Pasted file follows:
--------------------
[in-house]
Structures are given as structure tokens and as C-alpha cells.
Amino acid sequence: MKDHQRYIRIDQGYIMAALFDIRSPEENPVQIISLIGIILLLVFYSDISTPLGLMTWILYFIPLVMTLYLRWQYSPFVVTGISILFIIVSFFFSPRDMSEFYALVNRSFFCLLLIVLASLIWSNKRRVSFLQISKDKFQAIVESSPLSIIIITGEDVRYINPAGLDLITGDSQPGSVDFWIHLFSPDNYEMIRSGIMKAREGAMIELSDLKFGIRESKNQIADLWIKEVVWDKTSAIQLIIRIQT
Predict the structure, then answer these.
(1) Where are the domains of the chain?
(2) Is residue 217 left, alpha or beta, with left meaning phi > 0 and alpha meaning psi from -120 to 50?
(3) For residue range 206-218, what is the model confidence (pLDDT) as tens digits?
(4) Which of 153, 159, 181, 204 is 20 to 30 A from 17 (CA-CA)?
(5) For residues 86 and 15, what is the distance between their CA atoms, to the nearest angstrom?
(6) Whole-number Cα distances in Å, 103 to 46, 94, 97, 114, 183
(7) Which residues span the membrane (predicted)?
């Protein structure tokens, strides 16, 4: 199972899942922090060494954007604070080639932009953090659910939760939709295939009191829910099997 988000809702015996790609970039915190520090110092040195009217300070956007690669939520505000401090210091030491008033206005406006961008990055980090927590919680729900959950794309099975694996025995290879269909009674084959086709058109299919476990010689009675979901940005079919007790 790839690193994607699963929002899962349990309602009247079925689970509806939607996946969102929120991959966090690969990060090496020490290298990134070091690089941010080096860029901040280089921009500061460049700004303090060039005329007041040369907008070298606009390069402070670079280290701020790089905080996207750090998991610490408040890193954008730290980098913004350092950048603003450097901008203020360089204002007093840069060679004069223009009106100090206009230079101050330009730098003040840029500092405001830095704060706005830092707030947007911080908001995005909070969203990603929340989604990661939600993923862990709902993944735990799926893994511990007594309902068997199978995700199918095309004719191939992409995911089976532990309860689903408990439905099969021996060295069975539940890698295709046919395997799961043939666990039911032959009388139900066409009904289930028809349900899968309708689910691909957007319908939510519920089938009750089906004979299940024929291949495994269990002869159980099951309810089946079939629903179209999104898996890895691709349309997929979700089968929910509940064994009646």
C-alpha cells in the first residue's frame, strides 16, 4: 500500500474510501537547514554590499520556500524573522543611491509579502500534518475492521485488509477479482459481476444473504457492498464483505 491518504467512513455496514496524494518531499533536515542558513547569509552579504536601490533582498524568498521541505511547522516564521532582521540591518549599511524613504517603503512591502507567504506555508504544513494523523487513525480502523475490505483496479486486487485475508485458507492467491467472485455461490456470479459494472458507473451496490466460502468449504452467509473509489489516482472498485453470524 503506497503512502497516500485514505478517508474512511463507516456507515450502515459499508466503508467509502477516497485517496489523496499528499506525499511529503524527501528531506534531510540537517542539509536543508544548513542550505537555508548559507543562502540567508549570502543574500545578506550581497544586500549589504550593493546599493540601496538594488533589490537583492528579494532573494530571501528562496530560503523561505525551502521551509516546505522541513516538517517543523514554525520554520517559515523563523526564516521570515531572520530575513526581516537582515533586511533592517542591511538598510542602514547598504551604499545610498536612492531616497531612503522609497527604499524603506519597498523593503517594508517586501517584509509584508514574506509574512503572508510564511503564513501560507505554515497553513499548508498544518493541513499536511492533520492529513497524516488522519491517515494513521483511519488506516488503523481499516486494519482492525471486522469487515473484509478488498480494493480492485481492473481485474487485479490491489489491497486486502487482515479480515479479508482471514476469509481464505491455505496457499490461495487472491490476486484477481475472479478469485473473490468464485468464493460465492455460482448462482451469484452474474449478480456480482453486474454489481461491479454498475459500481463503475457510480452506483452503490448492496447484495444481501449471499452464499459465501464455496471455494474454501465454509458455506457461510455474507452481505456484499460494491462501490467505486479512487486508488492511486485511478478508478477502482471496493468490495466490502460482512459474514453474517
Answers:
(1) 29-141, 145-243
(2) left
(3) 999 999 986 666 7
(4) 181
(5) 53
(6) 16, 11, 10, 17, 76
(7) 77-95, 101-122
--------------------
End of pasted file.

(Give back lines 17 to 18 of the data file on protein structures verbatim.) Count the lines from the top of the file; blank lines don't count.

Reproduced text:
(3) 999 999 986 666 7
(4) 181